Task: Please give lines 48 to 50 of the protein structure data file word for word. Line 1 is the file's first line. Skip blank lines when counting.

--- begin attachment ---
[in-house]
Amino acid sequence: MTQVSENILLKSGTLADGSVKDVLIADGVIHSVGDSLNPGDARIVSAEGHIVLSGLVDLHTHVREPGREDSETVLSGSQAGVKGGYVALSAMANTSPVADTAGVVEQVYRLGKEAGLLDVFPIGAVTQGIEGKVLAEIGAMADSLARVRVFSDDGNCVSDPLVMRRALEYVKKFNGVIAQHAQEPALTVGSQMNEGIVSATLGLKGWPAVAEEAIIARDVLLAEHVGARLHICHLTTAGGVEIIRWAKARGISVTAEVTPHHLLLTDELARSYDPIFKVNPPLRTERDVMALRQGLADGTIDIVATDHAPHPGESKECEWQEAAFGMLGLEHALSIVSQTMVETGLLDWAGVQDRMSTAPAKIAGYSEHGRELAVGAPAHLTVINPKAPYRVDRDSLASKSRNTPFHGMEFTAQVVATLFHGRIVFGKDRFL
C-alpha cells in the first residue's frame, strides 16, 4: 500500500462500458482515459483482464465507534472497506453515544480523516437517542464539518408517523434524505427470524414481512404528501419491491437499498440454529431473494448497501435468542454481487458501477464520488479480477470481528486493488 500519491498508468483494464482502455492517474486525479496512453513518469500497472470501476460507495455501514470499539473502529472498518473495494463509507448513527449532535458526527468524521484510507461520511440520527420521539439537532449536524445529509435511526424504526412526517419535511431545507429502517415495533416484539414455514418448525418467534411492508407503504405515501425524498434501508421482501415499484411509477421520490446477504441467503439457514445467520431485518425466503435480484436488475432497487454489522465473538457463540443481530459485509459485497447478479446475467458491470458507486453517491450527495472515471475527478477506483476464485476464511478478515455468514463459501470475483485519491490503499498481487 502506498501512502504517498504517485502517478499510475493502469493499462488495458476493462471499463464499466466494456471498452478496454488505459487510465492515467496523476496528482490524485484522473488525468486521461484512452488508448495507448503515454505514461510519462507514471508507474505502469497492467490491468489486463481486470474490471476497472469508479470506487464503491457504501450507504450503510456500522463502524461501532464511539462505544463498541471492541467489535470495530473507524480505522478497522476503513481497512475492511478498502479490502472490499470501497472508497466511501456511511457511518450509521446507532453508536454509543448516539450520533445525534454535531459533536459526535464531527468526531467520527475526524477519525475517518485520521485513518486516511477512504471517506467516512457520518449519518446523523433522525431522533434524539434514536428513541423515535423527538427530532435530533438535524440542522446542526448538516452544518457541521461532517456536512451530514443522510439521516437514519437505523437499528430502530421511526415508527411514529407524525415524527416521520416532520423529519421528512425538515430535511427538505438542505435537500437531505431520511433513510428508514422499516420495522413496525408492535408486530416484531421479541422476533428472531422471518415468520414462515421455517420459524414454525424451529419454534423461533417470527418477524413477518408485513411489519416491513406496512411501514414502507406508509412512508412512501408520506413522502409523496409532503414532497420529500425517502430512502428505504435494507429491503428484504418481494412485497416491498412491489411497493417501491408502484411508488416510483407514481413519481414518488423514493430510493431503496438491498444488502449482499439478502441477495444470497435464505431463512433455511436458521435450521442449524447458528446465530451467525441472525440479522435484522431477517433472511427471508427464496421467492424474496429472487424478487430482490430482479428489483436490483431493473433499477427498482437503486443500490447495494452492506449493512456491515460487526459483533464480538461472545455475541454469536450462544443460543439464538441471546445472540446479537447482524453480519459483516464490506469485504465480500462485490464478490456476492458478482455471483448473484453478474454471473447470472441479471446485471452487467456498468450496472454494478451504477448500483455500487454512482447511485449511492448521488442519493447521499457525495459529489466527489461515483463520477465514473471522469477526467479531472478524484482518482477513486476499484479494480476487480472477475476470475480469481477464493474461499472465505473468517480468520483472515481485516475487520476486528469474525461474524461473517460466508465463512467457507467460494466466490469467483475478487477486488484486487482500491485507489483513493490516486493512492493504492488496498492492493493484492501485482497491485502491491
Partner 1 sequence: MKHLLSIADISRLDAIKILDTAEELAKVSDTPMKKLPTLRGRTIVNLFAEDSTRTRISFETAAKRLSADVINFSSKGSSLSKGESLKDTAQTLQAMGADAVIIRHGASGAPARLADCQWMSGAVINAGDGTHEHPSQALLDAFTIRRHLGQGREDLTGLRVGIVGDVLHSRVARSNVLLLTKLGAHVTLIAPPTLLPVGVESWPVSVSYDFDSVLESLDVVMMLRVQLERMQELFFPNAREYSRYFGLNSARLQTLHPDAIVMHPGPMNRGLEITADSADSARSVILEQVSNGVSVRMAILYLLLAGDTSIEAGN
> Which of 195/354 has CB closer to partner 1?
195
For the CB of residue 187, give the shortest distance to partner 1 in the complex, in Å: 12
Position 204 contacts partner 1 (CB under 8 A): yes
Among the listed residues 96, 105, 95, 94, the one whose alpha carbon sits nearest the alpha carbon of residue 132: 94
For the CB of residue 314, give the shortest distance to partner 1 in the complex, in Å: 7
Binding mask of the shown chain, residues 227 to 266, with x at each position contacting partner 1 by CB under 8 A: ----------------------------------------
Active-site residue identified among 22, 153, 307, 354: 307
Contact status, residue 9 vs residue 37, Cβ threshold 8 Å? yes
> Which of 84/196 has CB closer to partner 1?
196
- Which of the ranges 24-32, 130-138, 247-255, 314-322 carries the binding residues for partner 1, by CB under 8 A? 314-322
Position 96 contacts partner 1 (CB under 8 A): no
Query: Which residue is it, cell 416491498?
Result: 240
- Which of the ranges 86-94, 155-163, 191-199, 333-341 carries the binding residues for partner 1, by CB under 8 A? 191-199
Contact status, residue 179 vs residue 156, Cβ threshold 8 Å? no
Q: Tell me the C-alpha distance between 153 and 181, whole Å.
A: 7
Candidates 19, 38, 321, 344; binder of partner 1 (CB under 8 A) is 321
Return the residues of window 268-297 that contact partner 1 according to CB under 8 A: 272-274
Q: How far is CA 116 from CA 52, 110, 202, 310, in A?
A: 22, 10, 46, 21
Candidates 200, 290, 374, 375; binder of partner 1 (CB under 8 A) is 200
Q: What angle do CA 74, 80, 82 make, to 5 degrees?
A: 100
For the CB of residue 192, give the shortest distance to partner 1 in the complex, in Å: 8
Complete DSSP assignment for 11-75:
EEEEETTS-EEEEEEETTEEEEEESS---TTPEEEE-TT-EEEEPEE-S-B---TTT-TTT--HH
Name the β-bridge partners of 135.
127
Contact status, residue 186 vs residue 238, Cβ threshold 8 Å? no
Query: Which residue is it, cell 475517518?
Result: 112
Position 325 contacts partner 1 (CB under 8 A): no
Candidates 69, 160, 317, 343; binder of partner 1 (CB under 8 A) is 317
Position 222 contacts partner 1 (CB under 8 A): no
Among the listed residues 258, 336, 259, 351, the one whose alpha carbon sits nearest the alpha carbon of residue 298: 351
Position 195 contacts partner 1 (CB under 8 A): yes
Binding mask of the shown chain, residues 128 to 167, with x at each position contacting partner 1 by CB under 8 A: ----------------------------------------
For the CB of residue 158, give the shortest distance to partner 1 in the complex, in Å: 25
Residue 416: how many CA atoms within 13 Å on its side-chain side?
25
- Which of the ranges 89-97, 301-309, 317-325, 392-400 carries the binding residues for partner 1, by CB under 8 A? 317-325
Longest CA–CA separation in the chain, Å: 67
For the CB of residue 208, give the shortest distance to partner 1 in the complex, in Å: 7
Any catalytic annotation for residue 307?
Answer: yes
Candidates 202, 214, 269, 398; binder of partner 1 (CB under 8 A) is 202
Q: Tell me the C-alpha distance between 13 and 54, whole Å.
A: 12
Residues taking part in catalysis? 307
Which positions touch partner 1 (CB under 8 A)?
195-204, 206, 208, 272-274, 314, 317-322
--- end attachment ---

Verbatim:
- Which of the ranges 89-97, 301-309, 317-325, 392-400 carries the binding residues for partner 1, by CB under 8 A? 317-325
Longest CA–CA separation in the chain, Å: 67
For the CB of residue 208, give the shortest distance to partner 1 in the complex, in Å: 7